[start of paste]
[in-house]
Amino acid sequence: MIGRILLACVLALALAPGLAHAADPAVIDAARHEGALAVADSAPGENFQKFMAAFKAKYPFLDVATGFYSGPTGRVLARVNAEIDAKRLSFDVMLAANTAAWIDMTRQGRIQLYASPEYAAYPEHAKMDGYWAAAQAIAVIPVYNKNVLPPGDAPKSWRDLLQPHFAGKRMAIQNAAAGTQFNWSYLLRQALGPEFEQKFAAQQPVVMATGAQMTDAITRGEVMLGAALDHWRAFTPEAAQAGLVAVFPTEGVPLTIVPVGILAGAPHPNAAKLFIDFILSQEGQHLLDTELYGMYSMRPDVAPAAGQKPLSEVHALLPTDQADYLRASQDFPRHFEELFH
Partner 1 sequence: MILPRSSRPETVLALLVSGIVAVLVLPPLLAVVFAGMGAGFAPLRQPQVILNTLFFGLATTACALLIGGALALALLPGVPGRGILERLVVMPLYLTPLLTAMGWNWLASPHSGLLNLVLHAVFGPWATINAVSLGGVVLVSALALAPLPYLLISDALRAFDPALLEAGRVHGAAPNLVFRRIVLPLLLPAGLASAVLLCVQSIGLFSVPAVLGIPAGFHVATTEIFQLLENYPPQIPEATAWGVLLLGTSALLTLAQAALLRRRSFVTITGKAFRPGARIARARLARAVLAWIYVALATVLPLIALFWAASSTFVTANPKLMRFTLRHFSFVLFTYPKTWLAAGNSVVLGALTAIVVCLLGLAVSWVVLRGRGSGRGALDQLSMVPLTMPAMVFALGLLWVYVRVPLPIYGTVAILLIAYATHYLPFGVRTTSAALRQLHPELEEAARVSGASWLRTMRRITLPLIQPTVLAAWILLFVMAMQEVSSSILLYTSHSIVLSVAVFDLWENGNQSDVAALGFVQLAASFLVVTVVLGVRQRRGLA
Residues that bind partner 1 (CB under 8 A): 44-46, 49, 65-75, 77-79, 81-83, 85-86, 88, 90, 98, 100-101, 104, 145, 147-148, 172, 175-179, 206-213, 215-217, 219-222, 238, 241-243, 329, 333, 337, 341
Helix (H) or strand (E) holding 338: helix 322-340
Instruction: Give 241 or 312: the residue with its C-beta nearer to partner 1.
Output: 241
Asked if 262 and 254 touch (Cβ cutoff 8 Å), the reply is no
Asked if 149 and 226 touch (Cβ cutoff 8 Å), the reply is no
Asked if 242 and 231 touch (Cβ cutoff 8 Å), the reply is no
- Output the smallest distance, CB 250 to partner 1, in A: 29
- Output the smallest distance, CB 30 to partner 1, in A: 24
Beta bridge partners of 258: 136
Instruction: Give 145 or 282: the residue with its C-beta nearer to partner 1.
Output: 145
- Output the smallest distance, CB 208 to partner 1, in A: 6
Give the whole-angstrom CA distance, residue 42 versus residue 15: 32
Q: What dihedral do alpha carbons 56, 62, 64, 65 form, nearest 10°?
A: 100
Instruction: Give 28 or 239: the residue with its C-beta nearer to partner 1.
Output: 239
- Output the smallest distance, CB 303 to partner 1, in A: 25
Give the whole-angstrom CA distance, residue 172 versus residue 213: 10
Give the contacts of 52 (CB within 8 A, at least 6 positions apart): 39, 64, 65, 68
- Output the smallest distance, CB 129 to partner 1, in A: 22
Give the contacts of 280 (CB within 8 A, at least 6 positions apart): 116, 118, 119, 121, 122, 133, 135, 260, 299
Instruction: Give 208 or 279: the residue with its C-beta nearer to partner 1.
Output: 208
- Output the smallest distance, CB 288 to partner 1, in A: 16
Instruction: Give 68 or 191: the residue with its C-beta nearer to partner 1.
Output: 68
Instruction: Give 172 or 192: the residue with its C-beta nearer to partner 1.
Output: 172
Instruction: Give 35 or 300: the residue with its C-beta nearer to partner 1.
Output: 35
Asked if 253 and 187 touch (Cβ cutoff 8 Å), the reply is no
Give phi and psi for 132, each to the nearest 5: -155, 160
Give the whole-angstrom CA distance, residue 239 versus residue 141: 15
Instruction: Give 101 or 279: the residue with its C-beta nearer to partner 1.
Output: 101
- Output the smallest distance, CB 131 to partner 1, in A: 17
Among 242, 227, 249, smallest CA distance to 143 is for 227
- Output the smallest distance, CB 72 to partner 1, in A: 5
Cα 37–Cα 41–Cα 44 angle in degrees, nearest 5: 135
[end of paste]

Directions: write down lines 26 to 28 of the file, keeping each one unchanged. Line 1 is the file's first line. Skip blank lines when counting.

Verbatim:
Give the contacts of 280 (CB within 8 A, at least 6 positions apart): 116, 118, 119, 121, 122, 133, 135, 260, 299
Instruction: Give 208 or 279: the residue with its C-beta nearer to partner 1.
Output: 208